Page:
The messages are clear. Sales practice concerns, fraud, and operational issues related to the COVID-19 pandemic have arrived. Compliance professionals who are responsible for the surveillance and review of targeted areas of the compliance program should understand what may be coming down the pipe and ensure that their programs are sufficiently flexible to identify potential red flags.
On May 23, 2019, the SEC, NASAA, and FINRA published a year-end review of the Senior Safe Act which became federal law one year ago. In doing so, they also issued a Fact Sheet to help raise awareness with financial institutions and describe how the Act’s immunity provisions work.
FINRA has recently received notice from several FINRA member firms indicating that they have been victims of imposter websites designed to mimic their actual websites with the end goal of committing financial fraud.Read More…
[Continued from What is an Initial Coin Offering (ICO)? – Part I]
Online Platforms that Facilitate Trading in ICO Tokens are Not Registered Exchanges
There are no ICO platforms currently registered as exchanges. Further, the SEC has stated that it neither regulates these platforms as exchanges nor reviews the digital assets that may be listed or traded on these platforms. Many fraudulent platforms refer to themselves as exchanges to provide a sense of legitimacy and make investors assume they are regulated entities or meet the regulatory requirements and standards of a national securities exchange.
Digital assets such as cryptocurrencies, as well as other crypto coins and tokens, may be offered to investors in the form of an Initial Coin Offering (ICO). But what is an ICO? And why are they such a regulatory hot topic in the securities industry currently?
Cryptocurrency (also spelled crypto currency) is everyone’s new favorite hot topic. Even if you’ve done no research into the topic, you’ve probably heard of the most (in)famous cryptocurrency: Bitcoin. But what are cryptocurrencies? And how are they affecting the securities industry?
FINRA has recently announced the SEC approval of new Rule 2165 and amendments to FINRA Rule 4512 to address a longstanding problem within the securities industry: the financial exploitation of senior investors. “These rules will provide firms with tools to respond more quickly and effectively to protect seniors from financial exploitation.Microsoft Compatibility Telemetry This project included input and support from both investor groups and industry representatives and it demonstrates a shared commitment to an important, common goal – protecting senior investors,” said Robert W. Cook, FINRA President and CEO. Read More…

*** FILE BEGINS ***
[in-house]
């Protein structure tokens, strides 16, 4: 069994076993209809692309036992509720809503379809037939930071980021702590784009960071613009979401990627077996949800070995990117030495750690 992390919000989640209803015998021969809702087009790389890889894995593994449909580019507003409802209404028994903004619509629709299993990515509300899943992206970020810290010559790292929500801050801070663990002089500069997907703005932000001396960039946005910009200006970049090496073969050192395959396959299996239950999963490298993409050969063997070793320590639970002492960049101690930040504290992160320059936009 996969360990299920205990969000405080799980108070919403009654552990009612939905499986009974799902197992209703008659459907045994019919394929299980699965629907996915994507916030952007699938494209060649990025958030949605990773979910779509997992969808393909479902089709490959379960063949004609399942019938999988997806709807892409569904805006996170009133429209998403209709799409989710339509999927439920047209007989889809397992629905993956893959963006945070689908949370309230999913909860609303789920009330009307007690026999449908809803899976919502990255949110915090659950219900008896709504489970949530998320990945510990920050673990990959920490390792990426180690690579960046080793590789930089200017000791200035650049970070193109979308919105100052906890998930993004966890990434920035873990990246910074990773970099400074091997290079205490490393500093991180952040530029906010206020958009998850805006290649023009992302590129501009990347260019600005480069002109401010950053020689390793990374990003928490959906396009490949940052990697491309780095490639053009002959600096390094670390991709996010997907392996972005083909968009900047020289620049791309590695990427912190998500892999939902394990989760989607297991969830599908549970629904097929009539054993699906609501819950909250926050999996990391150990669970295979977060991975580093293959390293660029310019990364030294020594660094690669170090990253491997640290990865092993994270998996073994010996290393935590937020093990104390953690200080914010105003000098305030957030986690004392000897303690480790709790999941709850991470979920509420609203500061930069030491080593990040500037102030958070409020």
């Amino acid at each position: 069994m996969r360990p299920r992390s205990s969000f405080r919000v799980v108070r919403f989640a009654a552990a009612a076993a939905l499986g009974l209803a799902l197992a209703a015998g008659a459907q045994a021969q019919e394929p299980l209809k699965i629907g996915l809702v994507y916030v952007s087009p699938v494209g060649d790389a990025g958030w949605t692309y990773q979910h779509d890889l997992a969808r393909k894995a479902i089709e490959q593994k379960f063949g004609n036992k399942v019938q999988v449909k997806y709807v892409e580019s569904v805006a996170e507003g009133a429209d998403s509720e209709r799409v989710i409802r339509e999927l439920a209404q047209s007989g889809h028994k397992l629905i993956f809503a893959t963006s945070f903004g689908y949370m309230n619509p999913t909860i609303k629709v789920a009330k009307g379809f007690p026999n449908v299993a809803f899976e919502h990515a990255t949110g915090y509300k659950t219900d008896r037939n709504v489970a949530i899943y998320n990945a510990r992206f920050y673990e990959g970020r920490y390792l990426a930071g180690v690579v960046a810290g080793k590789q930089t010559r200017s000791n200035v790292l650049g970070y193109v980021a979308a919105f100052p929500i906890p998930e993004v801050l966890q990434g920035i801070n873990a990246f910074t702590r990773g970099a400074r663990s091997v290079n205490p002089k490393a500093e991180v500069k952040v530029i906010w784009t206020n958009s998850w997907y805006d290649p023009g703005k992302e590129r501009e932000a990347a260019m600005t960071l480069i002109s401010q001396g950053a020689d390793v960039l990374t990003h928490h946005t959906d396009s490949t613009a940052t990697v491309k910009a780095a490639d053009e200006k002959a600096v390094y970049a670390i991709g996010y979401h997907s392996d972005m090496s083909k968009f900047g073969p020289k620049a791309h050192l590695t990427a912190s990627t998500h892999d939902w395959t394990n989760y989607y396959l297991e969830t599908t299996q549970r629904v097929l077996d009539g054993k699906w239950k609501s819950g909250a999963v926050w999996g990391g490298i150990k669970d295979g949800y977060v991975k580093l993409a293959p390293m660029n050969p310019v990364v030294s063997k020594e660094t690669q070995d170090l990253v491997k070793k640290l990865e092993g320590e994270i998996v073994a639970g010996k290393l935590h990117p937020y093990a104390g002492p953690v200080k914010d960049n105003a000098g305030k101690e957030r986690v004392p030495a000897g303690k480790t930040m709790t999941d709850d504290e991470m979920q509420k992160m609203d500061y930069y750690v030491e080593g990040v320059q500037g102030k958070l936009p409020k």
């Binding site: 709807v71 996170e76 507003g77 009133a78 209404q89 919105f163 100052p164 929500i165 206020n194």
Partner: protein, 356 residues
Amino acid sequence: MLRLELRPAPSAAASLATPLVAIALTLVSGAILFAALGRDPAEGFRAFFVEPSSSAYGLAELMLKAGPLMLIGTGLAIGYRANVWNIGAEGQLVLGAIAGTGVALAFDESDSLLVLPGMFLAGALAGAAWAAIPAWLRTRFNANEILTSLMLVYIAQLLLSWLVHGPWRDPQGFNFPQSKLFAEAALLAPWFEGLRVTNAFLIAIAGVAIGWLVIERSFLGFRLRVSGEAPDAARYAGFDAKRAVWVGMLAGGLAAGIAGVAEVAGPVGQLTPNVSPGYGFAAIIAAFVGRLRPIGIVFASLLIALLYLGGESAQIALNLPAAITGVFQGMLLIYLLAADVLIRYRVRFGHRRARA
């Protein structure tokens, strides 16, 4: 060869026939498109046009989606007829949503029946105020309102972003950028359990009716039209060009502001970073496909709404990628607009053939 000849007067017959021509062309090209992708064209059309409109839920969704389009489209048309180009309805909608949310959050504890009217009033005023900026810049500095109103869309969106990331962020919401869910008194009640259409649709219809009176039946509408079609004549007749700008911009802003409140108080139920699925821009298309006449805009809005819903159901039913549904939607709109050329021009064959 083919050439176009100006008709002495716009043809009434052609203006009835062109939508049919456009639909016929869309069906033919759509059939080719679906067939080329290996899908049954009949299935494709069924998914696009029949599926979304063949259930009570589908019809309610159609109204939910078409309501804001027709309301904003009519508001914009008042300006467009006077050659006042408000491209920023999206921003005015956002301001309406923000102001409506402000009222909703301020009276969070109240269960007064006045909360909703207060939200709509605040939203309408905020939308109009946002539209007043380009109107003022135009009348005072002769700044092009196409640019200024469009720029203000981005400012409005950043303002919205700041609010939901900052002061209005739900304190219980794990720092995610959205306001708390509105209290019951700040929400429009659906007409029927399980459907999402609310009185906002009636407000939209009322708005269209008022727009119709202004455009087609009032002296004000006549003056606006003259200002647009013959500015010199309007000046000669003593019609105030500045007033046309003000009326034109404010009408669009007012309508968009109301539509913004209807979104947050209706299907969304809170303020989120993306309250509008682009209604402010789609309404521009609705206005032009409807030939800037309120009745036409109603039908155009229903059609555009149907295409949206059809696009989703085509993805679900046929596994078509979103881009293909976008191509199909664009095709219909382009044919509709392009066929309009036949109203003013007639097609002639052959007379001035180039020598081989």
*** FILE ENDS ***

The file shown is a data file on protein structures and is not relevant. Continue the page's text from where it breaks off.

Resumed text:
FINRA recently filed proposed new regulations regarding broker-dealer compliance with the SEC to: (1) amend FINRA Rule 4512 (Customer Account Information) to require member firms to make reasonable efforts to obtain the name of and contact information for a trusted contact person for a customer’s account; and (2) adopt new FINRA Rule 2165 (Financial Exploitation of Specified Adults) to permit FINRA registered broker-dealers to place temporary holds on disbursements of funds or securities from the accounts of specified customers where there is a reasonable belief of financial exploitation of these customers.
On June 27, 2016, the Securities Exchange Commission (SEC) has issued an alert for investors to be careful with any communications seemingly sent from the SEC. Government impersonators are targeting victims of previous frauds.
These impersonators are sending official-looking documents to investors, often claiming that they can help the investor recover their investment-related losses. But, of course, the investor must pay a fee first. Usually, this fee is disguised as some sort of tax, deposit, or refundable insurance bond that the investor must pay. Read More…